Homily – November 26, 2017

The most powerful image we have of Christ our King is the one we have from the gospel of Matthew. Pilate found Jesus innocent of the charges the authorities brought against him but had Jesus whipped. After his scourging Jesus was brought before the crowd. He has been beaten; he was wearing a purple horse blanket and a crown of thorns. Pilate mockingly presented the bloodied Jesus to the people – behold your king – only to be told by the mob – we have no king but Caesar.

Today we celebrate the feast of Christ our King. A king of truth and life, a king of holiness and grace, a king of justice, love and peace.

It is a requirement of our faith that we see Christ, we honor Christ, we love Christ, we accept Christ in every person who comes into our lives. It is a requirement of our faith that we faithfully keep the new commandment; Love one another as I have loved you.

Today’s gospel doesn’t pull any punches. It doesn’t say a word about saying daily prayers, going to Mass on Sundays, receiving the Sacraments. All these things are very important in the living of our faith lives. But this gospel tells us we will be judged by who we were and how we were to every person who came into our lives.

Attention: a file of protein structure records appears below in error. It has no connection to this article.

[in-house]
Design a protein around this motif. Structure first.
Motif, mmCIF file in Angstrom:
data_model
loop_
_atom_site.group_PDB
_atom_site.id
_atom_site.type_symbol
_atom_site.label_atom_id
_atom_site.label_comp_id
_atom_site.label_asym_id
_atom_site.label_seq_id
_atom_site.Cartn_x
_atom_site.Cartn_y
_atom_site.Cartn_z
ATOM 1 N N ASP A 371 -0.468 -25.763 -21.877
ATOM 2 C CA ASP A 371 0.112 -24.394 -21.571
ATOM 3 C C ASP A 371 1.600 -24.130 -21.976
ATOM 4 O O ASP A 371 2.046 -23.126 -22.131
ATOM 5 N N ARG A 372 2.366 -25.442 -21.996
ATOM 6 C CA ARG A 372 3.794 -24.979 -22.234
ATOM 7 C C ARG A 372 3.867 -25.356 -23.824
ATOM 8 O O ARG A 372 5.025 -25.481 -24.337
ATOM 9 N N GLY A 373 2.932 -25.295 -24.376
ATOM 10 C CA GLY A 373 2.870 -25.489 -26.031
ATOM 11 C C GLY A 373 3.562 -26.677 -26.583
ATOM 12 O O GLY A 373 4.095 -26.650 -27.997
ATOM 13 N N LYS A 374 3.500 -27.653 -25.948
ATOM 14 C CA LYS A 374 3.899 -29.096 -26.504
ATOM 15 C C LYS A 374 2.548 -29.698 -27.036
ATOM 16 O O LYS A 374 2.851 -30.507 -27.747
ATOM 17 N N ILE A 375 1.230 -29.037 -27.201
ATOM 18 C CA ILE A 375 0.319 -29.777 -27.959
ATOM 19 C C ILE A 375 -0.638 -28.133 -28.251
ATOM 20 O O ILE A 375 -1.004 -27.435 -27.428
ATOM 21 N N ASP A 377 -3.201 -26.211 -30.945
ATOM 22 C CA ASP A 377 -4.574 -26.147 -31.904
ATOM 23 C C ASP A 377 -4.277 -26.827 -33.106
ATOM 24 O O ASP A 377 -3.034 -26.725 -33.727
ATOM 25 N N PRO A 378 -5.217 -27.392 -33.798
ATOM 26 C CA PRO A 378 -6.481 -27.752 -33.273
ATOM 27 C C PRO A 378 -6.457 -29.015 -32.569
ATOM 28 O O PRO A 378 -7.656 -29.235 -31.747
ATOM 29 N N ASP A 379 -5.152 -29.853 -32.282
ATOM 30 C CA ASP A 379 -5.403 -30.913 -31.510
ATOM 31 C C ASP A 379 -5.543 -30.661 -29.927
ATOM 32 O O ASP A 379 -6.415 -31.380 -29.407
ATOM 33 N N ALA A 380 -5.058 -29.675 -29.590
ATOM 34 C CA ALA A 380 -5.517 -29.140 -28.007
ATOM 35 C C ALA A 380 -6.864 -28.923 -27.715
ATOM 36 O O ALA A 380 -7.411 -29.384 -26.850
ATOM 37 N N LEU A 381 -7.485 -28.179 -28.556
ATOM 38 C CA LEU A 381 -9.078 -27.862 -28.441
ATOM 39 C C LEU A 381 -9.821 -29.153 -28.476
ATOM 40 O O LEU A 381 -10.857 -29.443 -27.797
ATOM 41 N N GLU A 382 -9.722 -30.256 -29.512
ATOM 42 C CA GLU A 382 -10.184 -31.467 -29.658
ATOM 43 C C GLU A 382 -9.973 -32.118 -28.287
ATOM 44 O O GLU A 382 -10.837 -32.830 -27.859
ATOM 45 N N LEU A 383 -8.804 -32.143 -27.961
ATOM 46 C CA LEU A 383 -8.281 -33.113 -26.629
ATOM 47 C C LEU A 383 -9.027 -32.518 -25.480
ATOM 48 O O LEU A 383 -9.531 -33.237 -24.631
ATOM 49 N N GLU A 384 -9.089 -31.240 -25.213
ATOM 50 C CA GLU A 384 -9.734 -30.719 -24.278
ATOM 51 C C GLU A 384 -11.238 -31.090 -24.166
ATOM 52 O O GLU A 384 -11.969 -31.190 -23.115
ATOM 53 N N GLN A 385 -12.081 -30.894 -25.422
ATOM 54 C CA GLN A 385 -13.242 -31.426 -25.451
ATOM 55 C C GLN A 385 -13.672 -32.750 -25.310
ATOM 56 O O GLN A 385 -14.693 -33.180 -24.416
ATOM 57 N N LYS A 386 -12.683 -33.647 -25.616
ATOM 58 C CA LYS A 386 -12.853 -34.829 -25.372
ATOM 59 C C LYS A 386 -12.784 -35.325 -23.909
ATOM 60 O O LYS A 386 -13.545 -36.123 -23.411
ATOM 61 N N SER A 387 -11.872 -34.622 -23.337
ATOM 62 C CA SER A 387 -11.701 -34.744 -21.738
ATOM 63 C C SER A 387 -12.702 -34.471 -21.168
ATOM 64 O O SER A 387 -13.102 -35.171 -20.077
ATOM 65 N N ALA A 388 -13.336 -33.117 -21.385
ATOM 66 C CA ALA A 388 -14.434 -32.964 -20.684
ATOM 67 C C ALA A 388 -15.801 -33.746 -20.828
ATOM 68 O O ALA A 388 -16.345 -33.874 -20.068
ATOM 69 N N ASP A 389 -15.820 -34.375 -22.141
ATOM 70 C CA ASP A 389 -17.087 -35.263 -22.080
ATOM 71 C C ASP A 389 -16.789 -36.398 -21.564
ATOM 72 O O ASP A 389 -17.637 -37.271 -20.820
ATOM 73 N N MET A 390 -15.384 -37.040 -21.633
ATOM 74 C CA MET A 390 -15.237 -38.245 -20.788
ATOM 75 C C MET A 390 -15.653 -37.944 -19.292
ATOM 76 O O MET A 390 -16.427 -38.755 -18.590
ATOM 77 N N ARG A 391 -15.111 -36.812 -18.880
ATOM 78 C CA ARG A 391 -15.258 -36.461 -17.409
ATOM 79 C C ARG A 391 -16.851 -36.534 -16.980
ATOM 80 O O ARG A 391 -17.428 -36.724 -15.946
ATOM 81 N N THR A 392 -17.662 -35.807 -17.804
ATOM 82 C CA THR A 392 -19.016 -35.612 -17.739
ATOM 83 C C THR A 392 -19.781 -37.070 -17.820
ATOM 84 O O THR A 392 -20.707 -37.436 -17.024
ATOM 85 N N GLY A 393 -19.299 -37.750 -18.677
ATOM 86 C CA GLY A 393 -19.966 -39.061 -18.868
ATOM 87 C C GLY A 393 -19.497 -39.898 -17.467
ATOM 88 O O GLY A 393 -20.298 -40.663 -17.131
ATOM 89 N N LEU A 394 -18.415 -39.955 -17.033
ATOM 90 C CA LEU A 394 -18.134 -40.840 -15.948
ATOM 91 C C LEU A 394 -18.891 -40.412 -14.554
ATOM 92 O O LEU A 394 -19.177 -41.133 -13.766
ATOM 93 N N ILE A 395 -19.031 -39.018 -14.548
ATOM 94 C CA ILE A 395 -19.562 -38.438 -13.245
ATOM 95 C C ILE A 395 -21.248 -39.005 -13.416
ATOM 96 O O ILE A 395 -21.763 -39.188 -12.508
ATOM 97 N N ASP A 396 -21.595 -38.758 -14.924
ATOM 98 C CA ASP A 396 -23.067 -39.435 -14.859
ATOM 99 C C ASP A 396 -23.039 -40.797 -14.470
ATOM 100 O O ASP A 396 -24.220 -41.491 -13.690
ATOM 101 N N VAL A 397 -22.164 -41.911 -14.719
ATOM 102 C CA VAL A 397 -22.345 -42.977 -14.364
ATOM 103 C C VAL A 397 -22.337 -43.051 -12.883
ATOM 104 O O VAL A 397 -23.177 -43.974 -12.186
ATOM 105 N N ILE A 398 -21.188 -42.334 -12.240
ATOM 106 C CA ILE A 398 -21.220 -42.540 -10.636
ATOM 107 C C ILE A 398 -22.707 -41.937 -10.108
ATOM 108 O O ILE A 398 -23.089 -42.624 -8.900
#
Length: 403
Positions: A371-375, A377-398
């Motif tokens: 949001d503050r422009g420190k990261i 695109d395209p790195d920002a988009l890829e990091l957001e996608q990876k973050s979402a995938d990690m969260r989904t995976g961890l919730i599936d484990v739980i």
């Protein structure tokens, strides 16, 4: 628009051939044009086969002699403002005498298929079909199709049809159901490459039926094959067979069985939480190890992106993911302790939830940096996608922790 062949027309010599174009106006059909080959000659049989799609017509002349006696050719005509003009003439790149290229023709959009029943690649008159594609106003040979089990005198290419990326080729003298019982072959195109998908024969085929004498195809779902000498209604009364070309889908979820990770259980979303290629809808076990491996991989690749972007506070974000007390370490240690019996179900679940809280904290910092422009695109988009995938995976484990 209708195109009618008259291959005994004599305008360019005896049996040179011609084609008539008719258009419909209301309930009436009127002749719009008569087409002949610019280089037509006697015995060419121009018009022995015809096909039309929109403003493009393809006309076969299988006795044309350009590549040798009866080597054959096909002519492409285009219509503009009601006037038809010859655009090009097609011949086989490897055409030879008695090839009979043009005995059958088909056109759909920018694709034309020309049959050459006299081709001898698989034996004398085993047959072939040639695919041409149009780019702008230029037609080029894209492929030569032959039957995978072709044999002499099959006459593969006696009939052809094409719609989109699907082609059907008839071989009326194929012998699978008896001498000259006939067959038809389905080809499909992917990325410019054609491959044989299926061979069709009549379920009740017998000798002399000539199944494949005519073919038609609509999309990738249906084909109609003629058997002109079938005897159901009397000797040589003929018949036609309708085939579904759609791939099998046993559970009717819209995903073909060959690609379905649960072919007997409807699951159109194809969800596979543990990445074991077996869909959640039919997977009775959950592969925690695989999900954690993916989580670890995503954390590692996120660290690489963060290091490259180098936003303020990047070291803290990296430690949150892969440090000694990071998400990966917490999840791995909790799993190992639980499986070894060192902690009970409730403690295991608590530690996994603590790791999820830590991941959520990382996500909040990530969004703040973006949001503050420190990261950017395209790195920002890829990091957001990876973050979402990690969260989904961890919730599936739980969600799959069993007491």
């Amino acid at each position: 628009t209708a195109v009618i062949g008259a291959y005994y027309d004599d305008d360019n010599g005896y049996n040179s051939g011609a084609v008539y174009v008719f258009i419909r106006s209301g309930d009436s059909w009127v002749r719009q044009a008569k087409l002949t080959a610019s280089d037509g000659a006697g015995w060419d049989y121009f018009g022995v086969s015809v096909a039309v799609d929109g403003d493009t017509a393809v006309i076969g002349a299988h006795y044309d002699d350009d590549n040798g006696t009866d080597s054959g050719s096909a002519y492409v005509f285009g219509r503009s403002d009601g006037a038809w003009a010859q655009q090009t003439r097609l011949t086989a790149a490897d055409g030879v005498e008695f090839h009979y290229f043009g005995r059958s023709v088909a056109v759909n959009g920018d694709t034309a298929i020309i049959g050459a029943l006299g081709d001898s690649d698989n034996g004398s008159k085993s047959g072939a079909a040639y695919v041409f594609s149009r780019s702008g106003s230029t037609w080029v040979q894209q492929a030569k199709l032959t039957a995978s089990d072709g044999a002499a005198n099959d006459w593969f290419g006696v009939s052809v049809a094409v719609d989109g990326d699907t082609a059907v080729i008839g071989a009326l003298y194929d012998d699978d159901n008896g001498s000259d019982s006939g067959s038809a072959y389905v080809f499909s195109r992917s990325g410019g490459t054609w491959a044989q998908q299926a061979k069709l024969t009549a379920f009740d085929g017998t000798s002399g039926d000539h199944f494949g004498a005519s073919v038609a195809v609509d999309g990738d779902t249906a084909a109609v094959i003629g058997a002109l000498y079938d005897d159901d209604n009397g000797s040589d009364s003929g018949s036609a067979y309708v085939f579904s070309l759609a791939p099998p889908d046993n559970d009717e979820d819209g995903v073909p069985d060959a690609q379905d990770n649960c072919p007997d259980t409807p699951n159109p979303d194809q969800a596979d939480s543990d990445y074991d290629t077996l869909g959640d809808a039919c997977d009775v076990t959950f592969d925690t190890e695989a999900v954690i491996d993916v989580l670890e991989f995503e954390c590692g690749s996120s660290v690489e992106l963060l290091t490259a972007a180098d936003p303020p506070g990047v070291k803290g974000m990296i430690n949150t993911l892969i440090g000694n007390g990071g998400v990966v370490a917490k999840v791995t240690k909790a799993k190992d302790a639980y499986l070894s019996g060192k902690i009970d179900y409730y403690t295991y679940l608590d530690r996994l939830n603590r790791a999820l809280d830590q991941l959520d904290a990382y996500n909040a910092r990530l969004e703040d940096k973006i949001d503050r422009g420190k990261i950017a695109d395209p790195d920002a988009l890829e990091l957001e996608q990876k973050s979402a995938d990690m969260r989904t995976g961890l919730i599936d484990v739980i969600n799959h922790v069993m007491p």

I know a man who was asked by a religious friend, ‘are you a Christian?’ His answer was, ’Ask my neighbour.’ That’s a powerful answer.

Do we feed the hunger of a family member, a friend or a stranger who hungers for acceptance or respect or forgiveness? Do we quench the thirst of a family member, a friend or a stranger who thirsts for refreshing waters of friendship and acceptance? Do we welcome into our hearts men and women and children who come from away to start new lives in Canada. Do we welcome new people into our neighbourhood? Do we take time out of our busy lives to make a phone call, drop a line or visit people we know to be housebound, people who go for days with no one to talk with? Do we clothe with respect, even reverence every person we meet – knowing that they are a son of daughter of God, just as we are? Are we there to lift up the weary, people who struggle with depression and anxiety?

These are challenges that come our way in so many ways and on so many days. We all have our own worries and struggles and we look for a listening ear, a helping hand. We know how grateful we are when someone is there for us. Are we willing to be there for others?

We all bear the presence of the Most High, no matter how diminished of devalued we may seem to ourselves or others. We are the bodies of Christ. However we treat others is how we treat him.

As we continue to celebrate our Eucharist we pray for ourselves and each other that all is over and the Son of Man comes in all his glory, none of us hear the dreadful words ‘depart from me’ but only the welcoming words, ‘come blessed of my father.’